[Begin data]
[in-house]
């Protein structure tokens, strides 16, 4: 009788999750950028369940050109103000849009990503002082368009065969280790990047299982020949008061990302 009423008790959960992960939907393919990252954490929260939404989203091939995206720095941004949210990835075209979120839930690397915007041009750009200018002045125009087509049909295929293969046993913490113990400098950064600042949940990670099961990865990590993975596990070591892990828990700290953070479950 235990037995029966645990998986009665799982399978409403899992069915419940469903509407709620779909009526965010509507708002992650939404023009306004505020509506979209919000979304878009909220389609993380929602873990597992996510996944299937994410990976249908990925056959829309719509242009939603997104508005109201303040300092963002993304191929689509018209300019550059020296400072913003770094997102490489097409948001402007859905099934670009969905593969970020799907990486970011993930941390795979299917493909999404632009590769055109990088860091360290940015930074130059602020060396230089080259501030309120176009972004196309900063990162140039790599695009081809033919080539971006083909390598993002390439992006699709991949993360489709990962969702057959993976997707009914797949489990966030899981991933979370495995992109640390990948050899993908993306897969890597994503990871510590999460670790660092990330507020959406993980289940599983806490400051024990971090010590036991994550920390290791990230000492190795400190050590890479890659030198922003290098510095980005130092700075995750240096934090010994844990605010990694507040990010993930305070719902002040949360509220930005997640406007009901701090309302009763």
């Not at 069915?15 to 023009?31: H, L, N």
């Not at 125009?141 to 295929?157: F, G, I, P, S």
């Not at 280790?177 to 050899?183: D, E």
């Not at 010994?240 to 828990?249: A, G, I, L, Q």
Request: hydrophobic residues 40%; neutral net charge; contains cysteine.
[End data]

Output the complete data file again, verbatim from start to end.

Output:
[in-house]
């Protein structure tokens, strides 16, 4: 009788999750950028369940050109103000849009990503002082368009065969280790990047299982020949008061990302 009423008790959960992960939907393919990252954490929260939404989203091939995206720095941004949210990835075209979120839930690397915007041009750009200018002045125009087509049909295929293969046993913490113990400098950064600042949940990670099961990865990590993975596990070591892990828990700290953070479950 235990037995029966645990998986009665799982399978409403899992069915419940469903509407709620779909009526965010509507708002992650939404023009306004505020509506979209919000979304878009909220389609993380929602873990597992996510996944299937994410990976249908990925056959829309719509242009939603997104508005109201303040300092963002993304191929689509018209300019550059020296400072913003770094997102490489097409948001402007859905099934670009969905593969970020799907990486970011993930941390795979299917493909999404632009590769055109990088860091360290940015930074130059602020060396230089080259501030309120176009972004196309900063990162140039790599695009081809033919080539971006083909390598993002390439992006699709991949993360489709990962969702057959993976997707009914797949489990966030899981991933979370495995992109640390990948050899993908993306897969890597994503990871510590999460670790660092990330507020959406993980289940599983806490400051024990971090010590036991994550920390290791990230000492190795400190050590890479890659030198922003290098510095980005130092700075995750240096934090010994844990605010990694507040990010993930305070719902002040949360509220930005997640406007009901701090309302009763």
């Not at 069915?15 to 023009?31: H, L, N």
């Not at 125009?141 to 295929?157: F, G, I, P, S």
């Not at 280790?177 to 050899?183: D, E």
């Not at 010994?240 to 828990?249: A, G, I, L, Q």
Request: hydrophobic residues 40%; neutral net charge; contains cysteine.